War of the Rebellion: Serial 020 Page 0107 Chapter XXVI. EVACUATION OF JAMES ISLAND, S. C.

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JUNE 28-JULY 7, 1862.-Evacuation of James Island, S. C.


Numbers 1.-Major General David Hunter, U. S. Army, commanding Department of the South.

Numbers 2.-Brigadier General Horatio G. Wright, U. S. Army.

Numbers 1. Report of Major General David Hunter, U. S. Army, commanding Department of the South.


Hilton Head, Port Royal, S. C., July 10, 1862.

SIR: I have the honor to report that the delicate operation of withdrawing our forces from James Island, the reasons for which step were given in my letter dated the 27th ultimo,* has been successfully accomplished, without injury to a single man or the abandonment of one pound of public property. The main portion of our forces are now aggregated at this point, North Ediston, and Beaufort, all possible precautions being taken to secure their health and comfort, and with results fully meeting my most sanguine expectations. No epidemic fevers have yet appeared in any portion of the command, though the great number of men prostrated on Jame Island by bilious and low typhoid fevers and the increasing sick list, attributed to malarial debility, gave warning of what we might have expected had the occupation of our position there been continued.

I have concluded to retain for the present at Beaufort the 2,000 troops under Brigadier General J. M. Brannan, originally brought up from Key West and the Tourtugas to take part in the attack on Charleston. Garrisons of abundant strength were left behind under my direction by Brigadier-General Brannan, and as the health of the troops retained at Beaufort stood undoubtedly in need of renovation, and as there are better opportunities for regimental and more especially brigade drill at that point, the advantages of this course are obvious. Should there by any serious threatening of foreign innervation, however, these troops will be immediately returned to their respective stations; but in the absence of any pressing cause of their return to Key West and the Tourtugas the climate of Beauftor, salubrious par excellence, recommends it during the sickly moths now approaching. It is, moreover, a central point, from which, if necessary, the troops can be transported in any direction with the facilities of water transit.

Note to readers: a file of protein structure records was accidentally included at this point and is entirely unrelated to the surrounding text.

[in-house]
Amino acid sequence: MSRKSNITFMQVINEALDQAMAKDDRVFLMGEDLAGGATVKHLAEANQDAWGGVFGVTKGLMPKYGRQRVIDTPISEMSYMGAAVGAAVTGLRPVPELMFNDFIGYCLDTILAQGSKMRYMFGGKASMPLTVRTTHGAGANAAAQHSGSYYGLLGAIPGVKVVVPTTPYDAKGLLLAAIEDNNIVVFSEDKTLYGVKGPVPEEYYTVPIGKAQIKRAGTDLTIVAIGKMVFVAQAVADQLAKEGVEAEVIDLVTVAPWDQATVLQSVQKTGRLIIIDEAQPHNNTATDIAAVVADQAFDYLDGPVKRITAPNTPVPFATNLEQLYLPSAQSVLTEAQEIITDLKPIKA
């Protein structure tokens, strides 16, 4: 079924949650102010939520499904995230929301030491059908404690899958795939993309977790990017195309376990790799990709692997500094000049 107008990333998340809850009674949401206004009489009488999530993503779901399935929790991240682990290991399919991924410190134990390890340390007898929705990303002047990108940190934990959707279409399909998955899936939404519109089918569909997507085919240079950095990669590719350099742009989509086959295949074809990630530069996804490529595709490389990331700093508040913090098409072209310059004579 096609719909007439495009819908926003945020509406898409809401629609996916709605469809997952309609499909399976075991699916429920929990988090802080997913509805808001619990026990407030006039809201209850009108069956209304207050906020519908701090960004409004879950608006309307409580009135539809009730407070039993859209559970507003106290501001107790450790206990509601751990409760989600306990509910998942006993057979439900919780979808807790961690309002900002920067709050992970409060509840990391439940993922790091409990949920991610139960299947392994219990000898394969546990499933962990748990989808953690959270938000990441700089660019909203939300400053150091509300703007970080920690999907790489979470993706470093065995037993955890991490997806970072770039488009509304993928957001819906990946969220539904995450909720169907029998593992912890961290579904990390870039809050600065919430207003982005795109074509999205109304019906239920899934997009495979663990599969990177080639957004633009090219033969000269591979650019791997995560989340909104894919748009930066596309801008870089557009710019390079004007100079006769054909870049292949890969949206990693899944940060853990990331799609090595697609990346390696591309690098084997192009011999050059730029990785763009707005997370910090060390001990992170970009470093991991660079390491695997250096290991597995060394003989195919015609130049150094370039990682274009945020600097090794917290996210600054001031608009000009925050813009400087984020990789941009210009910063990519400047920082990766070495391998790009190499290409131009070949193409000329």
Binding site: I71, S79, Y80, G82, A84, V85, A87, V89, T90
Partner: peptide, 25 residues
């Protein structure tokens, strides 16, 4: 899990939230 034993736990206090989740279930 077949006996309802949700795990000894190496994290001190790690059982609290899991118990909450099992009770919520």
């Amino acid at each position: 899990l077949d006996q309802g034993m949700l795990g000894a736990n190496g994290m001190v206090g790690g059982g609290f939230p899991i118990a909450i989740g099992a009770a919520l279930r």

I have the honor to be, very respectfully,


Major-General, Commanding.

Honorable E. M. STANTON,

Secretary of War.

Numbers 2. Reports of Brigadier General Horatio G. Wright, U. S. Army.


James Island, S. C., June 29, 1862.

MAJOR: I have the honor to acknowledge the receipt of the letter


*See p. 43.